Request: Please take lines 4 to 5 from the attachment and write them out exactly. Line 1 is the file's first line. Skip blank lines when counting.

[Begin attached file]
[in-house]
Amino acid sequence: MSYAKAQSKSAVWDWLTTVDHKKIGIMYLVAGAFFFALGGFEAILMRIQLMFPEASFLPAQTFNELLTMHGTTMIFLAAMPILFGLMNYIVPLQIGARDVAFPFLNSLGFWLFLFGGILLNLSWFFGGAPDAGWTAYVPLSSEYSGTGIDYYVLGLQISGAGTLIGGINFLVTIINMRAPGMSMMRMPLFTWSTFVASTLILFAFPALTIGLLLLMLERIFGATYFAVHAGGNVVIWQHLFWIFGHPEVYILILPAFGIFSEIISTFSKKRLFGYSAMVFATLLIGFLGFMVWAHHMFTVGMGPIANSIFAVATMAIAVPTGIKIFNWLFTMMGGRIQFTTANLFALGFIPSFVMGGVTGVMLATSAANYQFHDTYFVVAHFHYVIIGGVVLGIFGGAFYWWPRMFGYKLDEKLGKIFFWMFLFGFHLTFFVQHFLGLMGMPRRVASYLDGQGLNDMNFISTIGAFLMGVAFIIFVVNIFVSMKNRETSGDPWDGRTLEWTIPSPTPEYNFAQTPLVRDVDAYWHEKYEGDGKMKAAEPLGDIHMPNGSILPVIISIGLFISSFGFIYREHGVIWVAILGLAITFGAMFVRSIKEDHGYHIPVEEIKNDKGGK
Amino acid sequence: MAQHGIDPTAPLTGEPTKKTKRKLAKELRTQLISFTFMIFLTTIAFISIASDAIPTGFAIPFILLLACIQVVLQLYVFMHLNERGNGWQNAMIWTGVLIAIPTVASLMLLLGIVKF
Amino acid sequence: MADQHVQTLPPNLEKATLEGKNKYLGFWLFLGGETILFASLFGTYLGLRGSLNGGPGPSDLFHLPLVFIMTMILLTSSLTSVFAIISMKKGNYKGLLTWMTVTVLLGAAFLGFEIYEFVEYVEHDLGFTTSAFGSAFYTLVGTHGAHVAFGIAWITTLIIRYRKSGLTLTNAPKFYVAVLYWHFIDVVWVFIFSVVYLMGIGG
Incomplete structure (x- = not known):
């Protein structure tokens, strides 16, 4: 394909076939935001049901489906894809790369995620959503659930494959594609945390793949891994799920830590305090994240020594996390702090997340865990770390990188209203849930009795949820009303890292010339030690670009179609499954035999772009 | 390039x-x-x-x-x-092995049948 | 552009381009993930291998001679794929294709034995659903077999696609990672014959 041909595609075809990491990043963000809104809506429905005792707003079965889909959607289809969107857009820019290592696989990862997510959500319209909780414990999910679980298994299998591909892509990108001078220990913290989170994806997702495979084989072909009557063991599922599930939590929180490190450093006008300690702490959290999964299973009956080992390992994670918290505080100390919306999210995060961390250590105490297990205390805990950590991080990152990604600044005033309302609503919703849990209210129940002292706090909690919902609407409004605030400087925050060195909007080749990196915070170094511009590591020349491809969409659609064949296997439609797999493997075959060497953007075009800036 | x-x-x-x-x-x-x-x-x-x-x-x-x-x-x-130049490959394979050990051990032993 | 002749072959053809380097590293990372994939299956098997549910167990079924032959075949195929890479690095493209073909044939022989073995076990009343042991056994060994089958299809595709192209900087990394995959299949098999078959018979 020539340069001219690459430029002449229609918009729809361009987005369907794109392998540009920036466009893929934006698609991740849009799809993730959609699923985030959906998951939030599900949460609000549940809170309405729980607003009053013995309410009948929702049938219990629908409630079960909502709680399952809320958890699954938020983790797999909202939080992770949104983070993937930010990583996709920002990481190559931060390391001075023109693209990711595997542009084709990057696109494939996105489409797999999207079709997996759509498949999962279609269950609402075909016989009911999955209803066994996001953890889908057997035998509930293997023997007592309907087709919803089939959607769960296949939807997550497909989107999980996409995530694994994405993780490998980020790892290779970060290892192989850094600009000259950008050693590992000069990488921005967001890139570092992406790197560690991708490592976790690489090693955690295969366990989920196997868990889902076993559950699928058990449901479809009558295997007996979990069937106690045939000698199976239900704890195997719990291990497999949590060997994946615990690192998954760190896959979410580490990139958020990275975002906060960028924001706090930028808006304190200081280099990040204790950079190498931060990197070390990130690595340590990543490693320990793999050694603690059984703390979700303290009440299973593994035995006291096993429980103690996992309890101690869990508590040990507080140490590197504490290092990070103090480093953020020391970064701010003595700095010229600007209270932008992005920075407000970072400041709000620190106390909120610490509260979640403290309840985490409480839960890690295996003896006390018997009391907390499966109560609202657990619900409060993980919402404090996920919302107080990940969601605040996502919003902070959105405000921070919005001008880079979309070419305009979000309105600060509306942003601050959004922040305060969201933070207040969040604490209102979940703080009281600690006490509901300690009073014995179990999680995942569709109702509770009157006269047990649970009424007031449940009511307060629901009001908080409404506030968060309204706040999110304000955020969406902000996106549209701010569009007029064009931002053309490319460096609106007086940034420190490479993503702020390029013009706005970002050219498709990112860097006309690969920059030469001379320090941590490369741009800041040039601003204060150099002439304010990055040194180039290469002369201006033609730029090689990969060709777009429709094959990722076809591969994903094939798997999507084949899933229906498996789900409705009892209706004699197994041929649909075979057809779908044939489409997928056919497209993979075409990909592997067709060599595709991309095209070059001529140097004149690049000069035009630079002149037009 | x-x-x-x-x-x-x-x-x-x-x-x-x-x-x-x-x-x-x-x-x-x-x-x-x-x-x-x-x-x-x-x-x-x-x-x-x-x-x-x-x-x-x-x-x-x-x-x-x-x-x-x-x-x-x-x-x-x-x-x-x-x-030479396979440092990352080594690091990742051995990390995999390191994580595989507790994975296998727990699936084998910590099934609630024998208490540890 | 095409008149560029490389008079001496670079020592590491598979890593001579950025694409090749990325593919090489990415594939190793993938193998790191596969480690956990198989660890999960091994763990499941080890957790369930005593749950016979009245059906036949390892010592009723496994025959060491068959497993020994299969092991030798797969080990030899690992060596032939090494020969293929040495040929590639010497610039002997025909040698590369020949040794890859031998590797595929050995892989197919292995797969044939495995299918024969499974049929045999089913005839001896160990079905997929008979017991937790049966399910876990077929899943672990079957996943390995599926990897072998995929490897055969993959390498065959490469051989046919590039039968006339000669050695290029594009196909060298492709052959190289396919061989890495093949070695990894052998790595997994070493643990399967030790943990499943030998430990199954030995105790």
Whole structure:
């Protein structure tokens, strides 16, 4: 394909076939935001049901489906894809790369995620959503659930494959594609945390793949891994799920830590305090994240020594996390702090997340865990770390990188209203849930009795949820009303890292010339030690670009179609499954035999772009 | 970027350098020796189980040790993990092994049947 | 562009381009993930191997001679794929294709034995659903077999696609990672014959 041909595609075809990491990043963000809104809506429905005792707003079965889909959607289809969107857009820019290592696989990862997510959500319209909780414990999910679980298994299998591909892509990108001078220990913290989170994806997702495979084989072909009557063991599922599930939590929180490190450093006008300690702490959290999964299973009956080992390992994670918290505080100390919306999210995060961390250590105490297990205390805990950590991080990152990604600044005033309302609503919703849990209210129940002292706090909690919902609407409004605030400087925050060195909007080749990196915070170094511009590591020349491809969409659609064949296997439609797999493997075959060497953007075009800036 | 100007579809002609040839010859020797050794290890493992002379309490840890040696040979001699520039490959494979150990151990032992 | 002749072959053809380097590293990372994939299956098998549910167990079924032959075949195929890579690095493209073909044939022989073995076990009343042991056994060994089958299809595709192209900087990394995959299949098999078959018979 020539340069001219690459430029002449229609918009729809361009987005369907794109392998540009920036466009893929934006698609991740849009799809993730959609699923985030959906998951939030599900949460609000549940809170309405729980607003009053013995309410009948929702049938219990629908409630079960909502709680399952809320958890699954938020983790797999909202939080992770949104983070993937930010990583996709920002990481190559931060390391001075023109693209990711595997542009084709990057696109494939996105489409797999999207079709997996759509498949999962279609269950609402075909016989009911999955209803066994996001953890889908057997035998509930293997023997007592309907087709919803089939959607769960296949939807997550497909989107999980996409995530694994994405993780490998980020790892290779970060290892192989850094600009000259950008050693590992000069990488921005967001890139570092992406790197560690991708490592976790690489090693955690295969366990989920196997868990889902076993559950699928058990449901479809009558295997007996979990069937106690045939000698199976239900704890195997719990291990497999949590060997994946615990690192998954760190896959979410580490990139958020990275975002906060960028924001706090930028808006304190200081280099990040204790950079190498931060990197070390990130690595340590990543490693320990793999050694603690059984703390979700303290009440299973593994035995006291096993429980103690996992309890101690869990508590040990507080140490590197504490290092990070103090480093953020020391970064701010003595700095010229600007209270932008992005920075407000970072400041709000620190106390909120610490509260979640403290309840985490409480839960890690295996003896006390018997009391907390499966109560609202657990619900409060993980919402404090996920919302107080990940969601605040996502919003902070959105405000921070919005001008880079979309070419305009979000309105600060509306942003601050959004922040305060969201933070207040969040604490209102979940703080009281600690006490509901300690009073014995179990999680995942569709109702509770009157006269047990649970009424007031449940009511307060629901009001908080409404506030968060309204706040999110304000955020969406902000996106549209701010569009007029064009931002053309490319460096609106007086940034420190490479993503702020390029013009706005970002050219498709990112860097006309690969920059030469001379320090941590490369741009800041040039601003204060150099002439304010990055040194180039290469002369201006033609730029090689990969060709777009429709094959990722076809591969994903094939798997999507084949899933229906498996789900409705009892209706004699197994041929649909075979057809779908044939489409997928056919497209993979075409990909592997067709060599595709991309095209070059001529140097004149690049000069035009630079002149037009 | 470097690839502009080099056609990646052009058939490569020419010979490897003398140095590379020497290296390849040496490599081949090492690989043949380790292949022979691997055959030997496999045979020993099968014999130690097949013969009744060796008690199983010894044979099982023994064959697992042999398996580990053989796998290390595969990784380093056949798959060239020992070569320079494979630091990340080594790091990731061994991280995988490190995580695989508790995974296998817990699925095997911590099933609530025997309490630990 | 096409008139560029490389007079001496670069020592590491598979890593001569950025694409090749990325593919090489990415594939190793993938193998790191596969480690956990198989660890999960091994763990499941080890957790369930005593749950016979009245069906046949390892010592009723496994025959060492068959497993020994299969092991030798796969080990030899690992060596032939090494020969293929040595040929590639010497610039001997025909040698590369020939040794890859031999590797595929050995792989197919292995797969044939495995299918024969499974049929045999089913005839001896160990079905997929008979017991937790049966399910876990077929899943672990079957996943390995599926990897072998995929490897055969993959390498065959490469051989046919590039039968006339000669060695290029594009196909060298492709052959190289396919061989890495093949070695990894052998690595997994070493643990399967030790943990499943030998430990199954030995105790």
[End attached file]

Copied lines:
Amino acid sequence: MADQHVQTLPPNLEKATLEGKNKYLGFWLFLGGETILFASLFGTYLGLRGSLNGGPGPSDLFHLPLVFIMTMILLTSSLTSVFAIISMKKGNYKGLLTWMTVTVLLGAAFLGFEIYEFVEYVEHDLGFTTSAFGSAFYTLVGTHGAHVAFGIAWITTLIIRYRKSGLTLTNAPKFYVAVLYWHFIDVVWVFIFSVVYLMGIGG
Incomplete structure (x- = not known):